Ultraviolet Radiation: Risks and Protection
Ultraviolet radiation. What is it, why is it harmful, and how do you protect yourself?
We’ve all heard this term thrown around before, or abbreviated as UV rays, but exactly what is ultraviolet radiation? When casually used in conversation, people typically refer ultraviolet radiation to the harmful electromagnetic rays emitted from the sun. They are not visible to the naked eye, but can result in harmful effects to our eyes and skin. The Ultraviolet Radiation definition can essentially be broken down into three categories:
UVC rays: These could potentially be the most harmful to our skin and eyes but our trusty ozone layer blocks virtually all UVC rays. Another reason why we should care more about not polluting, as it destroys our ozone layer allowing more harmful radiation to reach us. But we’ll save that discussion for a rainy day...but it never rains in San Diego so we’ll probably never write that article. Anyway, back to UV rays!
UVB rays: In low doses, we love UVB rays. It’s what gives us that golden tan when we’re out in the sunshine chasing down that summertime glow. It does this by stimulating the production of melanin (skin pigment). However, in high doses UVB can be harmful and we can all guess why - too much of it leads to sunburn and other nasty stuff like skin discoloration, wrinkles, or worse...skin cancer.
UVA rays. These are the rays that are closer to visible light, and unfortunately, are the ones that can hurt our eyes. They can pass through the cornea and reach the lens and retina inside the eye. Too much exposure to UVA rays has been linked to cataracts, and macular degeneration.
Why is it harmful?
A number of eye problems have been linked to overexposure to UV radiation. For example, UVB rays contribute to the cause of pinguecula and pterygia...basically just weird looking growths on the eye's surface that result in corneal problems and distorted vision.
Intense short-term doses, UVB rays also can cause photokeratitis, commonly known as “snow blindness.” You know that weird semi painful feeling you get when the glare off the snow (or water, or a quick flash of light) hits your eyes and you feel like you can’t see for a minute? That’s photokeratitis. A severe case of this can cause temporary vision loss for up to 24-48 hours.
The risk for snow blindness is greatest at high altitudes, but it can occur anywhere there is snow if you don't protect your eyes with UV-blocking sunglasses.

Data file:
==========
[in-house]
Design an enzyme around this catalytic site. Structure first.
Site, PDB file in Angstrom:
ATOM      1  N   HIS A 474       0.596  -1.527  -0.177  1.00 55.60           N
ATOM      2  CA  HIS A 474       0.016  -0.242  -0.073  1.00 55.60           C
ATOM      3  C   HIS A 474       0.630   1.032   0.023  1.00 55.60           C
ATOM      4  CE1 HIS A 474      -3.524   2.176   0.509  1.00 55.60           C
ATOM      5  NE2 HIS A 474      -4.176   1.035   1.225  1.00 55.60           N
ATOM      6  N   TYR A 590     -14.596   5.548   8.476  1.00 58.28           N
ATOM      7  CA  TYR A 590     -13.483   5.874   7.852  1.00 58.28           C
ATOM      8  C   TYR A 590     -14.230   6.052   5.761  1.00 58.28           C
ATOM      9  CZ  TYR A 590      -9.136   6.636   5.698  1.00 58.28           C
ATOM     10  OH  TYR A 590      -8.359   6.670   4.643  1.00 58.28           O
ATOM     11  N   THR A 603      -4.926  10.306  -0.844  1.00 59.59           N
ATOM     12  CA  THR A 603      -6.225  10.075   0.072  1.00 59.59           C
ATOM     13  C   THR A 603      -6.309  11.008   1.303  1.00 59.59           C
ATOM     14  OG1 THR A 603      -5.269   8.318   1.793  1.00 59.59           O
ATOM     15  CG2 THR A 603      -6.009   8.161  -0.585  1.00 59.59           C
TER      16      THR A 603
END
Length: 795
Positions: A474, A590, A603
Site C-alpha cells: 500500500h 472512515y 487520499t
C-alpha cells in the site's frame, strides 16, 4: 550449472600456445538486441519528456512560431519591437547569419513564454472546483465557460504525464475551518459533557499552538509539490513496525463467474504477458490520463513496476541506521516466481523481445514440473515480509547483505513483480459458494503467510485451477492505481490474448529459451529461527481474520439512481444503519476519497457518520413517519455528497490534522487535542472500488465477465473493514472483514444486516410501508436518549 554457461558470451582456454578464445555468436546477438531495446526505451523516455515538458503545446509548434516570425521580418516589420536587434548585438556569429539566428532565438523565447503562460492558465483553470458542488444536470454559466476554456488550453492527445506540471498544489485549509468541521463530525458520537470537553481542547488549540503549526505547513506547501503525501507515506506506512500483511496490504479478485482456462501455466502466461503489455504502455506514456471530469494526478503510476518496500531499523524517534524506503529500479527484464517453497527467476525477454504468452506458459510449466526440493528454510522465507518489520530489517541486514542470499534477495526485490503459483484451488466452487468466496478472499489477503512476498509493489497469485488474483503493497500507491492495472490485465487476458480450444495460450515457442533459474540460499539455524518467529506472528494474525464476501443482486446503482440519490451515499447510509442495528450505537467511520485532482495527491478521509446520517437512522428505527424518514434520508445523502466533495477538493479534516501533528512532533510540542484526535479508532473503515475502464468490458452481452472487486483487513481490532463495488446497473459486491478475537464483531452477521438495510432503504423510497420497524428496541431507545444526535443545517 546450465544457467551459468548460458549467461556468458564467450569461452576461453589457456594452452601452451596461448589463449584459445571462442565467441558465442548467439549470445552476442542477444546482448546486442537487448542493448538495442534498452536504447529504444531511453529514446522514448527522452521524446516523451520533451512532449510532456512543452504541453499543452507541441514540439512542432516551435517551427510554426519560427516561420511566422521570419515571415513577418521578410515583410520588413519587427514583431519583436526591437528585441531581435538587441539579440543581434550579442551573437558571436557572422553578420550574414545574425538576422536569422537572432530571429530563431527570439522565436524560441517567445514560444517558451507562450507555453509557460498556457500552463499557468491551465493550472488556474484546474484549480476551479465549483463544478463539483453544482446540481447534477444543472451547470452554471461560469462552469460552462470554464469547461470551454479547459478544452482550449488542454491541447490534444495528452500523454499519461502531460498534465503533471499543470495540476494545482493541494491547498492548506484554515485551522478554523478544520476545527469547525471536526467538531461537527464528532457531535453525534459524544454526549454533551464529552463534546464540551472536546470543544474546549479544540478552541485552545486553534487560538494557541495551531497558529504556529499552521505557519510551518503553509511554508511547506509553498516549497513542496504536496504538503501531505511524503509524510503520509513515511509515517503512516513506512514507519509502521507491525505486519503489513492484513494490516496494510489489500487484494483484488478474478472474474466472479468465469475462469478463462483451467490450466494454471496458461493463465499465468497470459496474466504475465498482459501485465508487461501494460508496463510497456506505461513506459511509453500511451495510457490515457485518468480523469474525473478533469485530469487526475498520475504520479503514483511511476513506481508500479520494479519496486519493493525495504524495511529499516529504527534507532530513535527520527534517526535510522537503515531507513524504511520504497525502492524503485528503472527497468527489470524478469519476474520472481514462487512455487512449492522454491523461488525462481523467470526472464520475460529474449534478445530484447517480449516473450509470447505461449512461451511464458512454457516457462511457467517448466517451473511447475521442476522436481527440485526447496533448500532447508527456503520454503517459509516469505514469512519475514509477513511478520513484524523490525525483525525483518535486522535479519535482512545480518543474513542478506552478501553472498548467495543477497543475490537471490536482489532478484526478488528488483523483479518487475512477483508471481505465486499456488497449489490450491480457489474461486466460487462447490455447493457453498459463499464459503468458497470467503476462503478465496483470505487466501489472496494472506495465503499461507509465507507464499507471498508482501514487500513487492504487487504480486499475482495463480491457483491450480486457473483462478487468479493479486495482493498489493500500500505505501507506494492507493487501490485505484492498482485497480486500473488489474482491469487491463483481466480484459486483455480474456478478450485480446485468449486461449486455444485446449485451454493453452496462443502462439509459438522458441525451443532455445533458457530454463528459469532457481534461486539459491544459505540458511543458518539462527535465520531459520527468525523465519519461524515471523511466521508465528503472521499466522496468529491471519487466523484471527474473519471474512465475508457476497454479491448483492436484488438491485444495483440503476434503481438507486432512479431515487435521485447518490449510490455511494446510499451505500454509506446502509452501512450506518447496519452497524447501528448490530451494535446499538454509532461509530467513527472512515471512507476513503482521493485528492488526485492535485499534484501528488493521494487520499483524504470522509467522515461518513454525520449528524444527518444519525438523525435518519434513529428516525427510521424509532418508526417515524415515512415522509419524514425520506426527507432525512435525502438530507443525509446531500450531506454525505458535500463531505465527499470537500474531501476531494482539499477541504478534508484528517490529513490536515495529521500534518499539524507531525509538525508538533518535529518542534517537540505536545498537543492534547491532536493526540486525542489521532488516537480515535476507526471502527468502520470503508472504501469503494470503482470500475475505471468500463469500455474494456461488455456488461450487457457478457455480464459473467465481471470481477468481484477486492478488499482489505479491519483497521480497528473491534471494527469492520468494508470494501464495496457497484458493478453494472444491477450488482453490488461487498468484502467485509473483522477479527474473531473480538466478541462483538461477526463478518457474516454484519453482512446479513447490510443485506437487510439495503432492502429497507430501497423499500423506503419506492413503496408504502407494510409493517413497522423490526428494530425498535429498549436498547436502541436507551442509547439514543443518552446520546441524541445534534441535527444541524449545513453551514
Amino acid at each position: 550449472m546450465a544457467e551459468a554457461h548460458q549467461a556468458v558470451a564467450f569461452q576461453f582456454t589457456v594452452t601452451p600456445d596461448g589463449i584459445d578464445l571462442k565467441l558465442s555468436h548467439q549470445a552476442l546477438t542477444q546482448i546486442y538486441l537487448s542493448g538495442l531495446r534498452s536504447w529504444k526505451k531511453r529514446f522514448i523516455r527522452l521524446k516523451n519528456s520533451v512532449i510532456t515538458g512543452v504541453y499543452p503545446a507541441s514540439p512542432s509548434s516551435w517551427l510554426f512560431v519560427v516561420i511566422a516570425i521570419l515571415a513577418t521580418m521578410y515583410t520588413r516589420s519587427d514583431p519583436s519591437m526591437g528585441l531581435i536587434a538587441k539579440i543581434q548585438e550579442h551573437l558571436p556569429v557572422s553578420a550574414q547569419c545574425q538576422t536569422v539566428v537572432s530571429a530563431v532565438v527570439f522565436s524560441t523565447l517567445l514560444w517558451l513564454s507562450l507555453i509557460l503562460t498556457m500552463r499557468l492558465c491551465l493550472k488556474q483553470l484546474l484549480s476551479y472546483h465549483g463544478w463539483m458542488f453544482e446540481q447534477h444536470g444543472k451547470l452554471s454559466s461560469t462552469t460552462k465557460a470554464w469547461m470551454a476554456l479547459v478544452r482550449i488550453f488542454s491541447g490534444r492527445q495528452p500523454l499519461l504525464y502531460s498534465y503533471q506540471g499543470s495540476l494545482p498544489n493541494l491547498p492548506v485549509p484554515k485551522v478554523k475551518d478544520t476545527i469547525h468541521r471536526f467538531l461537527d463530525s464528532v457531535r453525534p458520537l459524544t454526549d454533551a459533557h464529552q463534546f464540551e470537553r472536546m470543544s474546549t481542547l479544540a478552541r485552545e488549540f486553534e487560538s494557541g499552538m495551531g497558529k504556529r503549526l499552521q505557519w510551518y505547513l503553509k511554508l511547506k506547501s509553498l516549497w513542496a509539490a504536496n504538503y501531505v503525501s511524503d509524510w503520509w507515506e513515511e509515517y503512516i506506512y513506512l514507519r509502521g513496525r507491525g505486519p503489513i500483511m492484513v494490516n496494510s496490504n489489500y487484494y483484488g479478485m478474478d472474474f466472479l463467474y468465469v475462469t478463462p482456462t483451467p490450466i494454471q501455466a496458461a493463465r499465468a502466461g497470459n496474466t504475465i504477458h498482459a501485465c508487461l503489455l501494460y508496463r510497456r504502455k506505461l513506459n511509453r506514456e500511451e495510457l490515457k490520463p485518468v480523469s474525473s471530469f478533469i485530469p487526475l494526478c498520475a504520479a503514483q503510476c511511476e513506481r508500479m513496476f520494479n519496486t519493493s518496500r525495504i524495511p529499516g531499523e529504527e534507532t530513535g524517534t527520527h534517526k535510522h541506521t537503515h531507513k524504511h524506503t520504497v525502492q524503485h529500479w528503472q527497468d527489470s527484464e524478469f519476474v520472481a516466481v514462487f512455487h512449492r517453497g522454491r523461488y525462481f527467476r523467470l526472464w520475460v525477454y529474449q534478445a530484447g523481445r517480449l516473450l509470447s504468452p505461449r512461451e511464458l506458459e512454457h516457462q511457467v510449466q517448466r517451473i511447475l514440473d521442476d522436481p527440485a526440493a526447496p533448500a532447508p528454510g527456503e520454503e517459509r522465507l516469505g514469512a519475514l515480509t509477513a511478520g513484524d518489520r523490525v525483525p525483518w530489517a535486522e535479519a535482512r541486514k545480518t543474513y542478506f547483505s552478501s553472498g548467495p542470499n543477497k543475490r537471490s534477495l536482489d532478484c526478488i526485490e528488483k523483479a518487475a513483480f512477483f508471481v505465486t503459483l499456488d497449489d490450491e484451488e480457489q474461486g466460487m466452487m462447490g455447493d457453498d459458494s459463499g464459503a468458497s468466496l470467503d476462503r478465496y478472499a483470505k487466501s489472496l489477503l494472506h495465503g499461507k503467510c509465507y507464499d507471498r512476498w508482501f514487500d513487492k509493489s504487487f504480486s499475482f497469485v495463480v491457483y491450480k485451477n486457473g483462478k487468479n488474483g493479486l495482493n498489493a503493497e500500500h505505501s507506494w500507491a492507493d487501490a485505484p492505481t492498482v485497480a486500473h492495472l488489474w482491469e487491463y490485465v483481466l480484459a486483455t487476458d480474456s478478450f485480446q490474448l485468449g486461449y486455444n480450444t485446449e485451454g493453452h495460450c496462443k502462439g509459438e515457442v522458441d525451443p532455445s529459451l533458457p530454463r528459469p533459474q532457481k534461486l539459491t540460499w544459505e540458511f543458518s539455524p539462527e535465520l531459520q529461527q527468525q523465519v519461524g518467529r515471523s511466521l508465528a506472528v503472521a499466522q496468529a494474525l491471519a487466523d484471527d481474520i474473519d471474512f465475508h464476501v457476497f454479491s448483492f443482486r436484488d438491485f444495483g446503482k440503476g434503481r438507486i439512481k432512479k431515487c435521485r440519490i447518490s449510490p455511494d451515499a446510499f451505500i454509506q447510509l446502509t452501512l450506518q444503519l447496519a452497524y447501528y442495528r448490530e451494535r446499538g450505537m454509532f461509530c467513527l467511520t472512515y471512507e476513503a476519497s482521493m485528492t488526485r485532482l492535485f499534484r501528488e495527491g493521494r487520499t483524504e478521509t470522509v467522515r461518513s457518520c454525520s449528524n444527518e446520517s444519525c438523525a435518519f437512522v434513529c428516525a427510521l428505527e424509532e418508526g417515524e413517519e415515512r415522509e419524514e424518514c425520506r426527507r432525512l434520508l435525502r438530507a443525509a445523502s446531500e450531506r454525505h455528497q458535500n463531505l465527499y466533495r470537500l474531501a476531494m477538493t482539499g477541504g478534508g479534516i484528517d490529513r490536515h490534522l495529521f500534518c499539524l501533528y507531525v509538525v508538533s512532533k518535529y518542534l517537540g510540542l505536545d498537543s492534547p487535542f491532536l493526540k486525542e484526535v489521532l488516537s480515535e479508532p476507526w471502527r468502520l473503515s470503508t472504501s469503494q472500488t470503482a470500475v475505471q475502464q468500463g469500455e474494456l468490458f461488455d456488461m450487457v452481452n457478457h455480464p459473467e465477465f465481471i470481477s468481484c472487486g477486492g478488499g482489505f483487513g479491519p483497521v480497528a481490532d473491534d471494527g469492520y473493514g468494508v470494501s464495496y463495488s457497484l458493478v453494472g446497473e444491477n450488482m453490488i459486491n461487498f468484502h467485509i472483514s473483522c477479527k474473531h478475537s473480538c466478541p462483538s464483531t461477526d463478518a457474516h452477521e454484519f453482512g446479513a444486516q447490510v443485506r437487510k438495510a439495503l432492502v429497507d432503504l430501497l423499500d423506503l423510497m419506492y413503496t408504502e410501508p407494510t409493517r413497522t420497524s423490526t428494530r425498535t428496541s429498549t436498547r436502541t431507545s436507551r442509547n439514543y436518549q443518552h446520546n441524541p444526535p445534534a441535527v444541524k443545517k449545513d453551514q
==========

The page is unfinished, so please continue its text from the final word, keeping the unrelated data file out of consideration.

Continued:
HEV radiation stands for high-energy visible (HEV) radiation, or blue light. Similar to UV, HEV rays can penetrate deeply into the eye and can cause retinal damage.Scientific studies have shown that HEV rays have also lead to the development of macular degeneration.
Outdoor Risk Factors
Any of us who spend time outdoors are at risk, to some degree, of the harmful effects of UV and HEV rays. The amount of exposure varies obviously from day to day, but here are some good points to keep in mind to protect your eyes on your next adventure:
- Geographical location. UV rays are more harsh in tropical areas close to the equator. You probably could have guessed this since just being in the sun feels noticeably more intense on your skin, and that tan or sunburn can happen in about 15-20 minutes if you don’t block up.
- Altitude. UV rays are stronger at higher altitudes, and the likelihood of the harsh glare off the snow causing a little snow blindness is increased as well.
- Time of day. UV and HEV levels are highest when the sun is directly overhead, usually around 10 a.m. to 3 p.m
- Setting. UV and HEV rays are stronger in wide open spaces, especially around a body of water or snow. In fact, UV exposure can nearly double when it’s reflected off snow. Pretty crazy right? On the other side of the coin, UV exposure is significantly reduced in cities and forests because of the buildings and trees blocking the direct exposure to sunlight.
- Medications. This might seem surprising but certain medications, such as birth control pills, diuretics and tranquilizers, can increase your body's sensitivity to UV and HEV radiation. So the same amount of sunlight you’re used to on a daily basis might prove to be too much if you’re on certain meds. We always recommend meds in small doses anyway...stay natural my friends.
- Cloud cover: Surprisingly enough, cloud cover does NOT affect UV levels because, remember, UV rays are an invisible radiation, not visible light, so it easily penetrates clouds and makes it down to your skin and eyes just the same. We see cloudy days as an increased risk because people tend to not wear sunblock or sunglasses due to the cloud cover, but can still end up with hurt eyes and sunburned skin at the end of the day.
Don’t worry! Protecting yourself from these harmful UV rays is fairly easy if you do it right. We always recommend buying a high quality pair of 100% UV protection sunglasses that block out UV rays and also absorb most HEV rays. This doesn’t have to be an expensive endeavor, but it will be worth the few extra bucks spent on quality shades compared to cheap sunglasses that can actually cause more damage to your eye than not wearing any at all. When shopping for shades, always look for the label that says the UV protection. Best bet is to buy sunglasses from a known brand or retailer, instead of a random accessories shop at the mall.